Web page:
The topic of a staffing firm providing cleared employees to work on their customer’s classified contracts is fraught with details and variables. The best way to approach the topic is to make sure all readers start with these basic points.

  1. Only a cleared staffing firm can provide a cleared employee to work on a customer’s classified contract.
  2. For a staffing firm employee to have access to classified information the employee’s firm[1] must first have a bona fide procurement requirement[2]. We will use the term “contract” in this article.
  3. With a bona fide contract in place, the staffing firm must be sponsored for a facility clearance (aka FCL) by the entity that provided the contract.[3]
  4. Once a staffing firm is cleared, the facility “owns” and manages the personnel security clearance (aka PCL) of those it hires. Hired personnel fall into two general categories— full/part-time employees (paid via W-2) and hired consultants (paid via 1099).
  5. Once obtaining an FCL, a staffing facility can support multiple classified contracts upon receiving bona fide contracts from other customers without repeating the sponsorship process in point three above.

To succinctly state a key point, ownership of an employee’s PCL belongs to the entity that pay’s the employee via a W-2 or 1099. Note that a customer cannot “own” a clearance of a staffing firm employee. The customer is not paying the staffed employee directly, the firm is paid. Although the practice of a customer “owning” the clearance of a staffing firm’s employee has been followed at times by some customers, it is not in accordance with the National Industrial Security Program Operating Manual (NISPOM).

So how does a staffing firm move into the world of supplying cleared employees to their customers? They must have a cleared customer sponsor them for a facility clearance. However, customers of staffing firms have shown a reluctance to create a perceived (but not necessarily true) “longer-term” classified contract.

How is this reluctance mitigated? First a trusting relationship built over past performance with the staffing firm can mitigate some of the reluctance. Second if the contract is split into two services (i.e. providing cleared employees and providing uncleared employees) it allows the customer the flexibility to use another staffing firm for un-cleared help, if desired.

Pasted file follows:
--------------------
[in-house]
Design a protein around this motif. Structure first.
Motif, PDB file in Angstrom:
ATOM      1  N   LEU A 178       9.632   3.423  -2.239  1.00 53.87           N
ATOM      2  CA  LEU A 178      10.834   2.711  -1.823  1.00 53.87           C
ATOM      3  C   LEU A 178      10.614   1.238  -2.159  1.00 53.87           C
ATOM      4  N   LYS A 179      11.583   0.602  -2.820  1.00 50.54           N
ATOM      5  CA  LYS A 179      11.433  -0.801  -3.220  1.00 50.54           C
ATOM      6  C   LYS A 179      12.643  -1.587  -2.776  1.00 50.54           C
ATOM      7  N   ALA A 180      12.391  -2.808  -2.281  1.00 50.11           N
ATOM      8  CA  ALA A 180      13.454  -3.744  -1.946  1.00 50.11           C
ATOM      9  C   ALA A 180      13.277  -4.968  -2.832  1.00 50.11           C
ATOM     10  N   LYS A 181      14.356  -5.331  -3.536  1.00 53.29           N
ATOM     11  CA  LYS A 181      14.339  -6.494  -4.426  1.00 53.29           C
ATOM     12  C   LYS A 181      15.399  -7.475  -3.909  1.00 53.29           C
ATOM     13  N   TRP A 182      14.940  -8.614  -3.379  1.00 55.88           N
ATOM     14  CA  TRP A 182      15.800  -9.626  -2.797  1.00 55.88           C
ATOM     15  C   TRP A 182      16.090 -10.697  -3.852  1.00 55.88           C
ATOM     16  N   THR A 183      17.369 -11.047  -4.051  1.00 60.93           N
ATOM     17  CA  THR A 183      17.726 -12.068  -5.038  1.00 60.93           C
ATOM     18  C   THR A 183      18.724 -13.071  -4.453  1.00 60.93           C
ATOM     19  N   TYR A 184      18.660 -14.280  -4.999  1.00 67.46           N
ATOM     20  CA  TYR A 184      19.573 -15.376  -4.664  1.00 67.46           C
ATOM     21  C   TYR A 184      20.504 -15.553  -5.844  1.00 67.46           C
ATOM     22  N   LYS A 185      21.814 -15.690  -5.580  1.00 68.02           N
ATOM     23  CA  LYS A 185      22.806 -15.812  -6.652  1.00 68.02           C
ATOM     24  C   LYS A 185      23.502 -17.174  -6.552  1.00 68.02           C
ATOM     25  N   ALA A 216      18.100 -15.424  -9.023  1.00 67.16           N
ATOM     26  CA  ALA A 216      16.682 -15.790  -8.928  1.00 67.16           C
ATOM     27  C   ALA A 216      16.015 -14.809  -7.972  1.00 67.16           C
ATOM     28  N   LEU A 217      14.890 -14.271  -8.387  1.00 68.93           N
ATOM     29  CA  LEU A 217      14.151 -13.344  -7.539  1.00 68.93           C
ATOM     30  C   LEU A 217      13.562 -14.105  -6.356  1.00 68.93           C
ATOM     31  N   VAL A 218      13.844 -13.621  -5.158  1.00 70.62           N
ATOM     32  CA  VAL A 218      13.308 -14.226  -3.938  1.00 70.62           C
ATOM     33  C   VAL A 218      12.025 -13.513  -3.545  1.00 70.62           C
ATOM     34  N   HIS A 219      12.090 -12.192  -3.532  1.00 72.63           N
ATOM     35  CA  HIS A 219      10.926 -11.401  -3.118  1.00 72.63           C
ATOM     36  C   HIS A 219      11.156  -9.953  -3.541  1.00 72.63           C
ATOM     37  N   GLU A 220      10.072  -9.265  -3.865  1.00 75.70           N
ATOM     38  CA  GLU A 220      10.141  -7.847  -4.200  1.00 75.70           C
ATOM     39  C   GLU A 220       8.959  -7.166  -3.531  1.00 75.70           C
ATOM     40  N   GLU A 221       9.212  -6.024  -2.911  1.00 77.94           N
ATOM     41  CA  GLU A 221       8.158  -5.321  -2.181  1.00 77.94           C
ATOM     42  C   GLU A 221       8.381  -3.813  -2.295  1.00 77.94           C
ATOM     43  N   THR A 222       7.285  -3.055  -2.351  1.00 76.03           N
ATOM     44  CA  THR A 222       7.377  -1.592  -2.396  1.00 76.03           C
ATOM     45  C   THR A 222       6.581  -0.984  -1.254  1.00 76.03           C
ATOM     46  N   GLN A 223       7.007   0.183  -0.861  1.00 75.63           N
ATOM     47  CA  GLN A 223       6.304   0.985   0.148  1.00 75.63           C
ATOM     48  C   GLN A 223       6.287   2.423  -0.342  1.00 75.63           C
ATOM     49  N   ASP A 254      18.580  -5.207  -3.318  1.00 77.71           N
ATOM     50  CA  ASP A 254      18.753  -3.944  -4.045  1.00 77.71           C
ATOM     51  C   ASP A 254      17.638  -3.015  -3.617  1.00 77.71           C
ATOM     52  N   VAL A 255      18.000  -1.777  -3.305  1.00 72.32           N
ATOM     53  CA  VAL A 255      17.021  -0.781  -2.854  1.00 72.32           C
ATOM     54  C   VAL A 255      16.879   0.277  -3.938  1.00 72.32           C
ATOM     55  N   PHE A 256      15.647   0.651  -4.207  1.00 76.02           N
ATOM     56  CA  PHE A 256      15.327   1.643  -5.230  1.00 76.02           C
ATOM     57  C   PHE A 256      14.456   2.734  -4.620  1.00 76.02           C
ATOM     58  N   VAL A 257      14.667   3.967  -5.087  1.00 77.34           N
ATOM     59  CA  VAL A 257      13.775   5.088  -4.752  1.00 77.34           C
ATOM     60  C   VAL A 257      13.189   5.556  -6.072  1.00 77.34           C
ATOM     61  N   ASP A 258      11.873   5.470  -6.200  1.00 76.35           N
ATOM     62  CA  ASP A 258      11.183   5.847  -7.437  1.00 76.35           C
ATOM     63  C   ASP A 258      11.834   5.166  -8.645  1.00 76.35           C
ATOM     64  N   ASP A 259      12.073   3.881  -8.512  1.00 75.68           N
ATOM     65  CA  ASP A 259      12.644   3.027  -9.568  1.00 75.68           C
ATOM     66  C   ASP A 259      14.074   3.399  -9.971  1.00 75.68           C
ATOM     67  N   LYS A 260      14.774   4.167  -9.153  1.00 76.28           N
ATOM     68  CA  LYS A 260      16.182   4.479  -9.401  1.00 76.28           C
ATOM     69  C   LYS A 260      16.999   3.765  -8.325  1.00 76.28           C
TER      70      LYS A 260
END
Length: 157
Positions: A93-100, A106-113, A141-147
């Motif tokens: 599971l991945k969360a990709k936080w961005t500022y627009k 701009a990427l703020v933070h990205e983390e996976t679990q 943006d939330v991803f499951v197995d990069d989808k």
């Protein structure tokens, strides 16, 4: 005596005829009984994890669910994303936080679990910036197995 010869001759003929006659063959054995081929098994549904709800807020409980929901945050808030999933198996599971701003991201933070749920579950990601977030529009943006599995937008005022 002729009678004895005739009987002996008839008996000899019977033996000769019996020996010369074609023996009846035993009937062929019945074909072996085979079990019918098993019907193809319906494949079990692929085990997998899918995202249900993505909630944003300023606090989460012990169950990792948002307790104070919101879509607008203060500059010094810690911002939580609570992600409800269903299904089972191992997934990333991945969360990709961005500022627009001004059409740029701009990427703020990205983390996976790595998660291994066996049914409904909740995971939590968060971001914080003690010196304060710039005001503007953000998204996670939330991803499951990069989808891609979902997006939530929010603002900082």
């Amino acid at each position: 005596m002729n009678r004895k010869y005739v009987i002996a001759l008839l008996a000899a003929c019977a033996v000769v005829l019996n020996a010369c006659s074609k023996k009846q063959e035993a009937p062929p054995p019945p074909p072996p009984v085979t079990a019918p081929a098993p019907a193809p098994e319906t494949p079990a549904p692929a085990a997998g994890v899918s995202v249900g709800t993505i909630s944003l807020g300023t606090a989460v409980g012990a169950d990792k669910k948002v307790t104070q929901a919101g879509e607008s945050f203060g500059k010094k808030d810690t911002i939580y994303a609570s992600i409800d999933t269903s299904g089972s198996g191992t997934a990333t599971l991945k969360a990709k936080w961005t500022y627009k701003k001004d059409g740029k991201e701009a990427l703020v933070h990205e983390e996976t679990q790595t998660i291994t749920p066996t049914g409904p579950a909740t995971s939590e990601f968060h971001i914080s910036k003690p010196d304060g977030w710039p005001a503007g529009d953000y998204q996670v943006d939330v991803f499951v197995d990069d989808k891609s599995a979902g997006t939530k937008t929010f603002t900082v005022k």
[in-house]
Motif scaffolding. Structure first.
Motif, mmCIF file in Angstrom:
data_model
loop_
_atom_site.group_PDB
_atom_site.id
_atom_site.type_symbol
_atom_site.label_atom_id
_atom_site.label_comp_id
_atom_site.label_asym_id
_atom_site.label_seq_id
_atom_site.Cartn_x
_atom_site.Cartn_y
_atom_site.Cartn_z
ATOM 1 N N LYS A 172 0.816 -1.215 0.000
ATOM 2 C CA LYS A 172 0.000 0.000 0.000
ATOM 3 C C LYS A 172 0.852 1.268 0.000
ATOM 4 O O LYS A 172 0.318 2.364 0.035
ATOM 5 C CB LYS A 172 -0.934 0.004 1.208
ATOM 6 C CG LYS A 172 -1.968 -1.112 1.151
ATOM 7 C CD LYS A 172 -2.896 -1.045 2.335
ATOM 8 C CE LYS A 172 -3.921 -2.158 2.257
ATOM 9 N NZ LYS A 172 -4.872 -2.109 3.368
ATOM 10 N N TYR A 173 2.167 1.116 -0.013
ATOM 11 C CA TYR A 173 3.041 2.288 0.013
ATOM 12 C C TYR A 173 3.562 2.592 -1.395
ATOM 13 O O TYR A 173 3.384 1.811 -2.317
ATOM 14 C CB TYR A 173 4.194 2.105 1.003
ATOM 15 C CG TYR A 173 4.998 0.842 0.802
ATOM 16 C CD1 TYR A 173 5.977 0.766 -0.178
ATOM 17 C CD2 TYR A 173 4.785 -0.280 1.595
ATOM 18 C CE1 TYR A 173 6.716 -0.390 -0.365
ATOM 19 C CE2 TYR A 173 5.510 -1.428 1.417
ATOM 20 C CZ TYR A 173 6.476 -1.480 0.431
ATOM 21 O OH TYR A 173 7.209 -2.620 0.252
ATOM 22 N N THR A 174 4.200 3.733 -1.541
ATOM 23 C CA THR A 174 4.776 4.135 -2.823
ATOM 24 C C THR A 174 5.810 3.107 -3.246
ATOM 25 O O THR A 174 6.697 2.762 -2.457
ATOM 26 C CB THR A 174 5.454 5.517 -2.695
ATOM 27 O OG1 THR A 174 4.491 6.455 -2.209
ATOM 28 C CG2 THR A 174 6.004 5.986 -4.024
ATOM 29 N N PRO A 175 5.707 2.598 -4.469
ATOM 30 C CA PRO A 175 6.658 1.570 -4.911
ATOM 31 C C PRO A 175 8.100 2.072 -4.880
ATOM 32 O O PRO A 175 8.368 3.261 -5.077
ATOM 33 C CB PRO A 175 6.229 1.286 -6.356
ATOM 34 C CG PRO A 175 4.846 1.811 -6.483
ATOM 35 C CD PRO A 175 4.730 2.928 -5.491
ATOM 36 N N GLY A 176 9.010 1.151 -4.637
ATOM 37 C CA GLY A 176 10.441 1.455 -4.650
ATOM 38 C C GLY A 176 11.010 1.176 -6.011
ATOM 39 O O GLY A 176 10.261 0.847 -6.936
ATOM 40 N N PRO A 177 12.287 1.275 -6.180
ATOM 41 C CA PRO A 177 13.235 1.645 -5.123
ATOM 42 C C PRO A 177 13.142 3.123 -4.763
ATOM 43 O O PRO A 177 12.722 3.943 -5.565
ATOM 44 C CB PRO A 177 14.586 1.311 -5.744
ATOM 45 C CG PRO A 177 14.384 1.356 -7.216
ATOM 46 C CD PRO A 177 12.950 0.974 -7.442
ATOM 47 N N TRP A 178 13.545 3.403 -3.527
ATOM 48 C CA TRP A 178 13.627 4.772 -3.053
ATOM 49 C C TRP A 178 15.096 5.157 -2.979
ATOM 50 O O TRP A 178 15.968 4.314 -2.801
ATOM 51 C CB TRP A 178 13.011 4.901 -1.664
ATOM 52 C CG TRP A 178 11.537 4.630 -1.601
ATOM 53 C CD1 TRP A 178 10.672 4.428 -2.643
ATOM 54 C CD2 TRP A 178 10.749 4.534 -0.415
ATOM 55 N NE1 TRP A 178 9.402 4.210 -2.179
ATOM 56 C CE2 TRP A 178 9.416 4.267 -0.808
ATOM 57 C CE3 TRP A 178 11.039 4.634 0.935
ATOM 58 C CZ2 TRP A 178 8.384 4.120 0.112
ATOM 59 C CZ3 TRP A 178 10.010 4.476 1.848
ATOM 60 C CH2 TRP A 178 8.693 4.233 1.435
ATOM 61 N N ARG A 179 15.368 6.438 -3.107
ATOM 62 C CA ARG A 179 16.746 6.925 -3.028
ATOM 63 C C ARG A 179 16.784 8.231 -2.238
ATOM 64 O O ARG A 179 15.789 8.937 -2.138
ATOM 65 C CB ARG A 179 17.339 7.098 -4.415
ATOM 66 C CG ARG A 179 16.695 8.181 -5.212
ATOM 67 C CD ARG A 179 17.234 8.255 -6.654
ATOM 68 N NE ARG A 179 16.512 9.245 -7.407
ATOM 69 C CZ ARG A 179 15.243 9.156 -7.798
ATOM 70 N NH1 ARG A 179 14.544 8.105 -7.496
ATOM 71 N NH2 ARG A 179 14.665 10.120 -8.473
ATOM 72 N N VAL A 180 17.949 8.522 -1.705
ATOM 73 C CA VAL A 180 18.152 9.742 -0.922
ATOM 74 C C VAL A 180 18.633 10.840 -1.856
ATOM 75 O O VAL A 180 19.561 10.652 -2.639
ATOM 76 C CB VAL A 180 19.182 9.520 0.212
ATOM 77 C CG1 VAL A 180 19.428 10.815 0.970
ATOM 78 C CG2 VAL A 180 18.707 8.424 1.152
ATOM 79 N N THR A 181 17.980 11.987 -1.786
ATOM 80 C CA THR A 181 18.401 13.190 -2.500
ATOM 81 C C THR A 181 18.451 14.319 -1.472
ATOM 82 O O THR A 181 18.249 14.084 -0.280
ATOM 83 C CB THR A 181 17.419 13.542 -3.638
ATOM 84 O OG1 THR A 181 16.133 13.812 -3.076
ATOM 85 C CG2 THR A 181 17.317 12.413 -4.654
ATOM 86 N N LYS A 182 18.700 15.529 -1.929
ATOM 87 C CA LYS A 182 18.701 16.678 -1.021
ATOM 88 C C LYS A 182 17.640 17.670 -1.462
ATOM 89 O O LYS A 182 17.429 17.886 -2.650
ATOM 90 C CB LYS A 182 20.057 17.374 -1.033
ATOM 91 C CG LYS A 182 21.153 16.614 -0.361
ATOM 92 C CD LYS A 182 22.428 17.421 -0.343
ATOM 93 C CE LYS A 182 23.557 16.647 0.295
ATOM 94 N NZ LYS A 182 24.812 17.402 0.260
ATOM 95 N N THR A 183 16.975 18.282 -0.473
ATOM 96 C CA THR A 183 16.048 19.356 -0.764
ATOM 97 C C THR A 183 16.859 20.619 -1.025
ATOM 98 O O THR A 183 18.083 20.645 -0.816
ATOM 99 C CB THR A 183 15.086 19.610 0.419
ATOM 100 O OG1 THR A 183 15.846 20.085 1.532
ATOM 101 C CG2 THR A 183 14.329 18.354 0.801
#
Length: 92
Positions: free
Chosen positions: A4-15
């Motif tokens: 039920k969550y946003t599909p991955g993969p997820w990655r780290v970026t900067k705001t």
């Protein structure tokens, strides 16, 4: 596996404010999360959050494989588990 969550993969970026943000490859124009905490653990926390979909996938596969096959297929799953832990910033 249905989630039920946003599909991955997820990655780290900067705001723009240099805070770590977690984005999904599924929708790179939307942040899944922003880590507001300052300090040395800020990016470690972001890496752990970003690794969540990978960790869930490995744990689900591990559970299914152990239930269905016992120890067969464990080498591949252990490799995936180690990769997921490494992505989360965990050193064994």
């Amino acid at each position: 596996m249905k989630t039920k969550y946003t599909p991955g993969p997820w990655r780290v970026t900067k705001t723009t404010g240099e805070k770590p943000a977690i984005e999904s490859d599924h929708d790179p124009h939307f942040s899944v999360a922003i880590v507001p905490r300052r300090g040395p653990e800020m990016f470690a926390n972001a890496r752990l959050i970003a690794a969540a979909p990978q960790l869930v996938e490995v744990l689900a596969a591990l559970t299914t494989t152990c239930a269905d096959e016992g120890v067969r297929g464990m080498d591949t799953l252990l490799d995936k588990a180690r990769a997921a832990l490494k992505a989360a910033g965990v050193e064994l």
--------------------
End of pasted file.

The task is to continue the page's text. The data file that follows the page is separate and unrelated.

So, if a staffing firm can get a customer to step up and sponsor them for a facility clearance, then the following benefits accrue to both:

  • The customer is better served because the staffing facility can respond quickly to cleared staffing needs;
  • The customer has a one-stop resource for both cleared and un-cleared staffing, if so desired;
  • The staffing facility can check in JPAS on the true clearance status of  potential employees to meet a customer’s requirements;
  • Having cleared employees available for customers opens a new revenue stream for a staffing facility.

Staffing firms should not hesitate to approach their cleared customers with this potential service and to ask for their sponsorship. You will be doing them and your firm a favor, especially if your customer has been “working around” the clearance issue by “owning” the clearance of your employee.

[1] In DoD security terms, a “company” or “firm” is a non-cleared business; a “facility” is a cleared business.

[2] A “procurement requirement” is a Request for Proposal, contract, subcontract, MOU, etc., reflecting the requirement to access classified.

[3] NISPOM 2-102. “A contractor or prospective contractor cannot apply for its own FCL. A Government Cognizant Agency or a currently cleared contractor may sponsor an uncleared company for an FCL.”

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Wynn C. Phillips, ISP, President and CEO of a company that provides clearance support to small companies and their access to JPAS. He is a retired USAF officer and has 16 years experience in industrial security. He presently serves as a Security Manager and FSO for a educational research facility. He has served as VP and Board Member of NCMS, Inc., an international professional organization.